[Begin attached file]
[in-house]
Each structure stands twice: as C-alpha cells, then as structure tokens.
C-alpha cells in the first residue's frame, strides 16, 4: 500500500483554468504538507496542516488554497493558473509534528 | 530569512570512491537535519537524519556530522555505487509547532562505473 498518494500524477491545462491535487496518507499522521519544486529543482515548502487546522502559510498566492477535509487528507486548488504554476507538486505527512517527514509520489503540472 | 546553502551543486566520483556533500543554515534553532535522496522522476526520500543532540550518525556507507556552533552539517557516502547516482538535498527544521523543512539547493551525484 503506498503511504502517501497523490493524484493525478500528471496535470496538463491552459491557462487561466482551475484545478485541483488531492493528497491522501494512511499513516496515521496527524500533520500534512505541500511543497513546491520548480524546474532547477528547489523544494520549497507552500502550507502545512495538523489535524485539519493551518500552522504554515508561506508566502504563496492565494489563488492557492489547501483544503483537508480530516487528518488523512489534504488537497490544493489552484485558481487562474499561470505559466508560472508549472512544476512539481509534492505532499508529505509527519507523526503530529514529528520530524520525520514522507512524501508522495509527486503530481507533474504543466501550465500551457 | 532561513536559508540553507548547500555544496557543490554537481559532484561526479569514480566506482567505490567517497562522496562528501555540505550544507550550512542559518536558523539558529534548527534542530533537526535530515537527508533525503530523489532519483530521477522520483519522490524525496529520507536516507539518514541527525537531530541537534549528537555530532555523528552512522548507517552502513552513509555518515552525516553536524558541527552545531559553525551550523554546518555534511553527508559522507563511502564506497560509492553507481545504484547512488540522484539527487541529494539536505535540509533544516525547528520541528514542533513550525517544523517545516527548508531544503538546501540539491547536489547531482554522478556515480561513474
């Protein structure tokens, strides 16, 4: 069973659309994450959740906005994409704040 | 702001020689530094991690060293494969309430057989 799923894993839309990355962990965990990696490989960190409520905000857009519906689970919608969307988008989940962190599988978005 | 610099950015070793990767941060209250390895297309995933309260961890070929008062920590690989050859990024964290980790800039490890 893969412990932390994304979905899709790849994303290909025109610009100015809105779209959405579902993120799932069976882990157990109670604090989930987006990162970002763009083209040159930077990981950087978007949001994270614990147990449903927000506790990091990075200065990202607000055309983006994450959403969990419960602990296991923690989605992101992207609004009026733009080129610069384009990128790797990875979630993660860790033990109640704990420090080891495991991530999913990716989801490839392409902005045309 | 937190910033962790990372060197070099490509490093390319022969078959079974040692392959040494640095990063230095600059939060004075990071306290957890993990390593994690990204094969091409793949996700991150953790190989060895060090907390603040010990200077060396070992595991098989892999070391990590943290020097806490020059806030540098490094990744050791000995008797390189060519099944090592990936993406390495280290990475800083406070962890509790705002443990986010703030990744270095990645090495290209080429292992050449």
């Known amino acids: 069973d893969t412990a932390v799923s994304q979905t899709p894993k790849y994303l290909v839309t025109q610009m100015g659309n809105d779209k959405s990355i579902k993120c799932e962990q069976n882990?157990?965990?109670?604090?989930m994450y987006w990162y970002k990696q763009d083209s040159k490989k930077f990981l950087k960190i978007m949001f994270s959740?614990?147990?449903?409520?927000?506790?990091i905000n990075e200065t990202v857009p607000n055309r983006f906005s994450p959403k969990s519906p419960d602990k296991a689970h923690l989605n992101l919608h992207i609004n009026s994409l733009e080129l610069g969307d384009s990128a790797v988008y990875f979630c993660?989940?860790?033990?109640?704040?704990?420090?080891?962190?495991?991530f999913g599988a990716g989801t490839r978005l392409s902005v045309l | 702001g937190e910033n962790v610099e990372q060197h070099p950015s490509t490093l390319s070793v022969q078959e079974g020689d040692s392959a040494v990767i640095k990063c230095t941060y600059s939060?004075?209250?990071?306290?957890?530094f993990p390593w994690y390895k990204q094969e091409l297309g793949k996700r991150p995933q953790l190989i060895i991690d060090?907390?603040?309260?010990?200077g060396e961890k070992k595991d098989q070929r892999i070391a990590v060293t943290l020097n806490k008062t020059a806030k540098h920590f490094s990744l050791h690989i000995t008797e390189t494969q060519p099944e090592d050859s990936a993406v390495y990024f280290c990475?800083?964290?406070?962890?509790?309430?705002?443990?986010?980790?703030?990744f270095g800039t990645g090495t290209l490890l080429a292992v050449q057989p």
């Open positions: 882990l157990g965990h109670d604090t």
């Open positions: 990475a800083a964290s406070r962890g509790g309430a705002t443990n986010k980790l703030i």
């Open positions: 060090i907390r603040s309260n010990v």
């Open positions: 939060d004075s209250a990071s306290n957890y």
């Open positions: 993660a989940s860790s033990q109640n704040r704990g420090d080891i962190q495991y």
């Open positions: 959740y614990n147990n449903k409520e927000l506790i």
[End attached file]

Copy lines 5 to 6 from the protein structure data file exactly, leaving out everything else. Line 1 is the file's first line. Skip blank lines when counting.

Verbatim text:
């Known amino acids: 069973d893969t412990a932390v799923s994304q979905t899709p894993k790849y994303l290909v839309t025109q610009m100015g659309n809105d779209k959405s990355i579902k993120c799932e962990q069976n882990?157990?965990?109670?604090?989930m994450y987006w990162y970002k990696q763009d083209s040159k490989k930077f990981l950087k960190i978007m949001f994270s959740?614990?147990?449903?409520?927000?506790?990091i905000n990075e200065t990202v857009p607000n055309r983006f906005s994450p959403k969990s519906p419960d602990k296991a689970h923690l989605n992101l919608h992207i609004n009026s994409l733009e080129l610069g969307d384009s990128a790797v988008y990875f979630c993660?989940?860790?033990?109640?704040?704990?420090?080891?962190?495991?991530f999913g599988a990716g989801t490839r978005l392409s902005v045309l | 702001g937190e910033n962790v610099e990372q060197h070099p950015s490509t490093l390319s070793v022969q078959e079974g020689d040692s392959a040494v990767i640095k990063c230095t941060y600059s939060?004075?209250?990071?306290?957890?530094f993990p390593w994690y390895k990204q094969e091409l297309g793949k996700r991150p995933q953790l190989i060895i991690d060090?907390?603040?309260?010990?200077g060396e961890k070992k595991d098989q070929r892999i070391a990590v060293t943290l020097n806490k008062t020059a806030k540098h920590f490094s990744l050791h690989i000995t008797e390189t494969q060519p099944e090592d050859s990936a993406v390495y990024f280290c990475?800083?964290?406070?962890?509790?309430?705002?443990?986010?980790?703030?990744f270095g800039t990645g090495t290209l490890l080429a292992v050449q057989p």
């Open positions: 882990l157990g965990h109670d604090t």